Delta, meanwhile, is still trying to reach a comprehensive agreement with its pilots on a second round of pay and benefit cuts. The company has been seeking $325 million in concessions, but has offered to reduce that to $315 million. The pilots are currently offering about $115 million in new annual concessions. The cuts would be on top of $1 billion in annual concessions the pilots agreed to in a five-year deal in 2004.

The airline filed for Chapter 11 in New York in September.

For all of 2005, Delta said it lost $3.84 billion, compared to a loss of $5.22 billion in 2004. Twelve-month revenue rose to $16.19 billion, compared to $15.24 billion in the previous year.

The fourth-quarter and full-year losses included dividends that accrued for preferred shareholders but were not paid.
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Old February 17th, 2006, 08:22 PM   #177
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Delta pilots picket outside airline's terminal over pay cut talks
By HARRY R. WEBER
17 February 2006

ATLANTA (AP) - More than two dozen Delta Air Lines Inc. pilots held signs Friday berating management for asking pilots to take deep concessions while trying to get court approval for a hefty severance plan for officers.

The picketing at the passenger drop-off area outside Delta's terminal at Hartsfield-Jackson Atlanta International Airport came after the pilots union and company Thursday failed to agree on a second round of pay and benefit cuts.

"The pilots are telling us they are extremely disappointed in Delta management and are tired of listening to management's demands," union spokesman John Culp said as rank-and-file members walked in a circle holding signs.

Some pilots held signs that said "career employees, turnstile management," and "it's not the cost of fuel, it's the lack of leadership."

"This is informational picketing only and is not causing any disturbance to our service," Delta spokesman Bruce Hicks said.

On Thursday, the union warned that if the court approves the severance payouts, it could hurt efforts to agree on more pilot concessions. Delta is asking for what could amount to $14 million in severance for officers and directors who are fired as part of the company's reorganization.

The Air Line Pilots Association said the Atlanta-based airline's Feb. 8 bankruptcy court request for the severance plan would be bad for employee morale and would threaten the company's reorganization process if approved.

Delta, the nation's third-largest airline, has been seeking $325 million in new concessions from its 6,000 pilots. It recently offered to lower the request to $315 million. The pilots are currently offering about $115 million in new annual concessions. Culp said Friday the table positions did not change at Thursday's negotiation session.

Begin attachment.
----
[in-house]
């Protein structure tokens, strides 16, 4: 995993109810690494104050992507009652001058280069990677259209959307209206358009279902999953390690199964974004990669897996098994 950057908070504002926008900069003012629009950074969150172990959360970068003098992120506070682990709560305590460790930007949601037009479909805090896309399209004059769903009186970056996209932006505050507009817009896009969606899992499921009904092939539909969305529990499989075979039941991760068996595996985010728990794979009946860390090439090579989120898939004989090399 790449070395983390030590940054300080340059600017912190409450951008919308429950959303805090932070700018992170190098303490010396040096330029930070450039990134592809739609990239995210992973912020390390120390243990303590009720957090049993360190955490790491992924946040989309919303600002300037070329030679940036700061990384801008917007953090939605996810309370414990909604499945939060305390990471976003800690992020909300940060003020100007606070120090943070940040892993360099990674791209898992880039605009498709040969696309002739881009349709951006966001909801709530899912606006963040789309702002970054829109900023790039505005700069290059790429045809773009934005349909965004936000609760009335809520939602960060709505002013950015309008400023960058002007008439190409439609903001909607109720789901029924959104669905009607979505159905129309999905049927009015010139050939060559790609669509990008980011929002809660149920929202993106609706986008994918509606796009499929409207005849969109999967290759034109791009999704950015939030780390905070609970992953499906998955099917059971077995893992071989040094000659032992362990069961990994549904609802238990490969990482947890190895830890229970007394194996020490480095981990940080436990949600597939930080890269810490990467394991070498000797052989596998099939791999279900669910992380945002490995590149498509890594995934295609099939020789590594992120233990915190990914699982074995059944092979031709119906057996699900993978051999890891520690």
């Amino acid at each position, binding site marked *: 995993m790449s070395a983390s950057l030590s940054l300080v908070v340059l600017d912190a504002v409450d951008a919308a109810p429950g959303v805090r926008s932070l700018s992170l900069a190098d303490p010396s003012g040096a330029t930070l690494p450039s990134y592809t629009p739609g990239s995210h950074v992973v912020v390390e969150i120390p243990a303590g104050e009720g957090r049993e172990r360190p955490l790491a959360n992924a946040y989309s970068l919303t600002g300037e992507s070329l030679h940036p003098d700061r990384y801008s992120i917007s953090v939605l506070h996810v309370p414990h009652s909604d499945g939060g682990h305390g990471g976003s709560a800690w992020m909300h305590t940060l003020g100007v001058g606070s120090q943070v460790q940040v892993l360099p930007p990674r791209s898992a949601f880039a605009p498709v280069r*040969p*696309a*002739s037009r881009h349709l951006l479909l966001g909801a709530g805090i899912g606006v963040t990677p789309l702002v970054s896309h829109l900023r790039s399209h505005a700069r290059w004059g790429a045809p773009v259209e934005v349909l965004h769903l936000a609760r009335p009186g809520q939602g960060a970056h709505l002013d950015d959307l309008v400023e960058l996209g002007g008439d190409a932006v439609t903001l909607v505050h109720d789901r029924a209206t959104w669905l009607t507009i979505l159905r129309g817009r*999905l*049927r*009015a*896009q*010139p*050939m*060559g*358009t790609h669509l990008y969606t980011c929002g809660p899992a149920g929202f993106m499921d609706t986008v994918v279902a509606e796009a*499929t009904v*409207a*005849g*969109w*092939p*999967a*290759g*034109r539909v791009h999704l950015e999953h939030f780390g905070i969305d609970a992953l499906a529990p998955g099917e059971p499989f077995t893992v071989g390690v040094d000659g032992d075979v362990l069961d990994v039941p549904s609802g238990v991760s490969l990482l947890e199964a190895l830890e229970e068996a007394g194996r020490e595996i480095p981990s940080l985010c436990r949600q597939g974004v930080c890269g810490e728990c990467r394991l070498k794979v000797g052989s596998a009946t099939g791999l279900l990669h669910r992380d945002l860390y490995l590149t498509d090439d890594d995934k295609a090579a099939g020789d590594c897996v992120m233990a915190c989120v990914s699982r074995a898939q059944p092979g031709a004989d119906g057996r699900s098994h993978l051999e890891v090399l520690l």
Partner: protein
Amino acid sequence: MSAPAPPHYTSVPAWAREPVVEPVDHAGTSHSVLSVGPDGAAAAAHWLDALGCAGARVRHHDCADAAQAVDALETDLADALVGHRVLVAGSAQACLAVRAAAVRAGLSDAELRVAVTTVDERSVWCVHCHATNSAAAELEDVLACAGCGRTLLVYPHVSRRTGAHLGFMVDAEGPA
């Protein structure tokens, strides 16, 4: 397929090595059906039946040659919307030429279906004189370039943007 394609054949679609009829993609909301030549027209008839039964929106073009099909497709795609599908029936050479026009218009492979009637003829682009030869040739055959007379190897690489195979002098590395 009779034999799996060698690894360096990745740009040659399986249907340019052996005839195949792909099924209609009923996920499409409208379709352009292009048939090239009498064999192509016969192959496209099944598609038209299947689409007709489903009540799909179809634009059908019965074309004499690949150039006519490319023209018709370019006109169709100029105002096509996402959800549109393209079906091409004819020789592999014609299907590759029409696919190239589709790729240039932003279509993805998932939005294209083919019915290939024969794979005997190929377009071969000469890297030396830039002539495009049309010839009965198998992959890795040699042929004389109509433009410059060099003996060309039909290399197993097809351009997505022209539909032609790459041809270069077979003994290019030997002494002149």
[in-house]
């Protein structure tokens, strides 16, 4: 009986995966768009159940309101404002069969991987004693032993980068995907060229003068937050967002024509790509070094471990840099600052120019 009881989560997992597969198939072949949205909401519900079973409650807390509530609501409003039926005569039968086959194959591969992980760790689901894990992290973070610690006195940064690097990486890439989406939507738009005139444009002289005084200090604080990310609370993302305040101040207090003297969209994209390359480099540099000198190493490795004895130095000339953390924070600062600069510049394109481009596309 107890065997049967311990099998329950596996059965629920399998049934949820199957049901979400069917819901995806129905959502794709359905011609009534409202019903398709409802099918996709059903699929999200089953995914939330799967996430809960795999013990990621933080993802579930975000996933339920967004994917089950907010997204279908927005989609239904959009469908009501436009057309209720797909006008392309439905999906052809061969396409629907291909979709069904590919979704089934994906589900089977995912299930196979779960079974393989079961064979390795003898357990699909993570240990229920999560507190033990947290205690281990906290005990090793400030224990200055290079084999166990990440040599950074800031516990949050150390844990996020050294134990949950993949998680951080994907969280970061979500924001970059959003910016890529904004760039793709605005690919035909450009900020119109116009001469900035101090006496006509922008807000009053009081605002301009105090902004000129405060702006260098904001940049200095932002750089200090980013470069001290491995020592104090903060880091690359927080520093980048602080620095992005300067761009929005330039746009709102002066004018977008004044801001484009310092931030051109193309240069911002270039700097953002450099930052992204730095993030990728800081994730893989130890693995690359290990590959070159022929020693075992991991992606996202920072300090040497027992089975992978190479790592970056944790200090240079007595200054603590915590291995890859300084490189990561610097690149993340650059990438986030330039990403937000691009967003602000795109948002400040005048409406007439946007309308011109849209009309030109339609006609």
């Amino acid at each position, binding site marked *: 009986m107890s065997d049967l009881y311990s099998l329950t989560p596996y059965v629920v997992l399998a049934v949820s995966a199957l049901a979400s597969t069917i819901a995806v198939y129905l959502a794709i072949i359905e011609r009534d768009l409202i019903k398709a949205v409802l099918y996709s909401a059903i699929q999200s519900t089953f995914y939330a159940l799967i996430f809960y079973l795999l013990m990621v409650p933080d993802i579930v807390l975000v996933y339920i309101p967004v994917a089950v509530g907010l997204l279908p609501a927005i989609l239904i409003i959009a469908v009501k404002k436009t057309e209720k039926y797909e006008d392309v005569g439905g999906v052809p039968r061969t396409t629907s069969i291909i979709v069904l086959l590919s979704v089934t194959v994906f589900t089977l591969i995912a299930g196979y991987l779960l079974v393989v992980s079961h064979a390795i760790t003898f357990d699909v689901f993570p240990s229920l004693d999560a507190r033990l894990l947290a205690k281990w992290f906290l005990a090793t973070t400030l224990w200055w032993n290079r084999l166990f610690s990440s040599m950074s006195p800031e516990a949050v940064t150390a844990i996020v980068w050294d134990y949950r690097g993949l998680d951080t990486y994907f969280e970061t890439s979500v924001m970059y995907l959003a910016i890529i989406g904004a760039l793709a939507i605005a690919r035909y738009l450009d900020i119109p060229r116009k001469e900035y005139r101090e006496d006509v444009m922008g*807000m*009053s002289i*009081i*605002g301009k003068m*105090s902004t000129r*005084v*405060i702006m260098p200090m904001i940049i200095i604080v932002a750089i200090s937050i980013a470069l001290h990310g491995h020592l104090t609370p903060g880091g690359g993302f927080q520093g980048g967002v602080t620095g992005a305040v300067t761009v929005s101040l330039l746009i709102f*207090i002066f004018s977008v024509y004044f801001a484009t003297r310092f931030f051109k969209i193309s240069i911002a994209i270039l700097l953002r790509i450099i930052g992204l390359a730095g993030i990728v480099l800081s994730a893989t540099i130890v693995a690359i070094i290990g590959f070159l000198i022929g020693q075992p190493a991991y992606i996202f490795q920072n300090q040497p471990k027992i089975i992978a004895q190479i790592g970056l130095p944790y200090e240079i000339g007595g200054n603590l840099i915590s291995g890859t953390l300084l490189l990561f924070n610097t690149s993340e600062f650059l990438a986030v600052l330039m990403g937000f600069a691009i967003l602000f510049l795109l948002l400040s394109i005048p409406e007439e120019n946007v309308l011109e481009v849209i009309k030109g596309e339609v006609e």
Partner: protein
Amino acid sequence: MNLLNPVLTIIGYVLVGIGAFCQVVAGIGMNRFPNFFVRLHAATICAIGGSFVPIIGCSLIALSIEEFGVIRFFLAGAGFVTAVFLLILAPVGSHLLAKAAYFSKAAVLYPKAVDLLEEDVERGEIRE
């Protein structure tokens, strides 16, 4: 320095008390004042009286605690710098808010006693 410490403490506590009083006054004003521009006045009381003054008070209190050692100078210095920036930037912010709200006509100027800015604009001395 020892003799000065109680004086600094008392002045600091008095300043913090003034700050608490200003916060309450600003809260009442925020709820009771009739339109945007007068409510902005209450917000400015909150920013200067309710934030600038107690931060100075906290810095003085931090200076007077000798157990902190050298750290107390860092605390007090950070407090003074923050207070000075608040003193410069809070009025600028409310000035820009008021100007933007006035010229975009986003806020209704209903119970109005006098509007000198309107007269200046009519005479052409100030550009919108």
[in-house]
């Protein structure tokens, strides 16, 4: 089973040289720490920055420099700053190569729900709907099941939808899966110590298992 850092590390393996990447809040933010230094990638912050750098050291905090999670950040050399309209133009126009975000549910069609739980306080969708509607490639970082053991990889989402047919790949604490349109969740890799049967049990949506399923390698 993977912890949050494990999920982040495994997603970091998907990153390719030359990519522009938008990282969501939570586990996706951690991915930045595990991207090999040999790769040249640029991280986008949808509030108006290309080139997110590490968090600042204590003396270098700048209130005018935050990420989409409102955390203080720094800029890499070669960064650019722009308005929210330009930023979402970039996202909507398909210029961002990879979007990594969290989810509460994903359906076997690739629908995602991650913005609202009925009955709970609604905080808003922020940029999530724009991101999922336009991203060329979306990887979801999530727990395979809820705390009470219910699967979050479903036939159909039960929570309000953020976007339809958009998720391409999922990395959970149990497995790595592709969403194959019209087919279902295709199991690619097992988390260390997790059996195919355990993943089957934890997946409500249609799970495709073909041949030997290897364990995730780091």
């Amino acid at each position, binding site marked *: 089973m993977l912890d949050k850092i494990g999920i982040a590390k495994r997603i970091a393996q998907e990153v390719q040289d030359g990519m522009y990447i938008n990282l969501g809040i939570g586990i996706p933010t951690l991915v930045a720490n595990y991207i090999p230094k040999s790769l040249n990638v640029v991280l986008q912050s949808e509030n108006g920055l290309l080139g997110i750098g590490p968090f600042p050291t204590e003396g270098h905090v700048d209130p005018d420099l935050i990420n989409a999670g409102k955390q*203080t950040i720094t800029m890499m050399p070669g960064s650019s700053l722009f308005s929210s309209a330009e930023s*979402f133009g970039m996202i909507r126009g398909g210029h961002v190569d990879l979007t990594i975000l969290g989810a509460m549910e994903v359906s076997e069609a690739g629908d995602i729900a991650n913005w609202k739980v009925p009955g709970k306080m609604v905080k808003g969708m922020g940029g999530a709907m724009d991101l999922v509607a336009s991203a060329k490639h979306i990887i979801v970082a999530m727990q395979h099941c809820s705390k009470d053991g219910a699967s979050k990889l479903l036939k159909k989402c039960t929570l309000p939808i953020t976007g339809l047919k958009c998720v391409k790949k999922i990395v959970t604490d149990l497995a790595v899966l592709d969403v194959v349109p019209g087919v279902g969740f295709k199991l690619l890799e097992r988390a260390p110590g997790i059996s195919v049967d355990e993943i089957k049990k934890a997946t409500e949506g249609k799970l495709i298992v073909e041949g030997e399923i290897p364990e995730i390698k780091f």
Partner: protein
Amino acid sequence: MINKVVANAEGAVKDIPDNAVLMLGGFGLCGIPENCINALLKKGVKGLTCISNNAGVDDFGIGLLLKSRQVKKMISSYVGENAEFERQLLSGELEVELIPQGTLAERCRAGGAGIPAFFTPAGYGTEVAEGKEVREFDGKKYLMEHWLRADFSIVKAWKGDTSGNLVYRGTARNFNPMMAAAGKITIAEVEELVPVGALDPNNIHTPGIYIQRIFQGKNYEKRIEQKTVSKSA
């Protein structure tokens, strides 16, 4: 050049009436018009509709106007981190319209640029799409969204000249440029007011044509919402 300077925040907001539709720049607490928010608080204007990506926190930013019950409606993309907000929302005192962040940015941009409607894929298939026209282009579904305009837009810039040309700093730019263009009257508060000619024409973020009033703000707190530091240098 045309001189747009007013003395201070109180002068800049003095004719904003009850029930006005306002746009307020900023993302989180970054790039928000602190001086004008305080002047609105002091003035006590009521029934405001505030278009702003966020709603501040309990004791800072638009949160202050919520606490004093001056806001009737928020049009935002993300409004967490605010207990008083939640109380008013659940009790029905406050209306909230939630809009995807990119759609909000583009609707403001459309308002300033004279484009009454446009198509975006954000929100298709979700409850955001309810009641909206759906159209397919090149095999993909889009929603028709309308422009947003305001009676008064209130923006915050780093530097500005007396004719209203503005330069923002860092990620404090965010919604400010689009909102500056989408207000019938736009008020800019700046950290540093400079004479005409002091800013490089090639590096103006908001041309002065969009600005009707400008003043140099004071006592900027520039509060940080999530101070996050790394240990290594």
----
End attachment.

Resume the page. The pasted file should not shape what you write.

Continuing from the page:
The cuts would be on top of $1 billion in concessions the pilots agreed to in a five-year deal reached in 2004.

A Delta spokesman has called the severance proposal "conservative by industry standards." On Thursday the company issued a statement saying the proposal has the support of the official committee of unsecured creditors in the airline's bankruptcy case.

A judge has not yet ruled on Delta's severance plan request, which the pilots union is asking be denied.

In its proposal, Delta asked the bankruptcy court's permission to reinstate its pre-bankruptcy severance practices for 144 officers and director-level employees.

The company said that under the program, severance pay of six to 12 months would be granted to certain employees whose jobs are terminated because of specified organizational or business changes. Employees who quit or are fired for cause would not receive severance.

If all 144 employees were terminated under the program, the cost to Delta would be $14.2 million, the company has said. CEO Gerald Grinstein and Chief Operating Officer James Whitehurst would not participate in the program.

The company said failure to implement the severance plan could increase unwanted attrition among upper-level employees.

Meanwhile, if negotiators for the pilots union and company can't reach a comprehensive deal on new concessions by March 1, a three-person arbitration panel would decide the company's request to reject the pilot contract so Delta can impose the cuts it is seeking unilaterally.

The pilots union has said it will strike if the contract is thrown out.
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Old February 20th, 2006, 05:52 AM   #178
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OMG, how bad is Delta situation?? because i got plane tickets for a LA - LDN, round flight in July, is it at risk the public service??? does anyone has some idea?
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Old February 20th, 2006, 06:48 AM   #179
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^ I don't think Delta will shut down any time soon. As with the other restructurings among US carriers, they will eventually get back on their feet after the negotiations and strike threats are over.
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Old February 20th, 2006, 10:14 PM   #180
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I don't think the US government would let such a huge airline fail either. It's the second-largest domestically, isn't it? I mean, maybe a merger or buyout would be better even, from the government's point-of-view.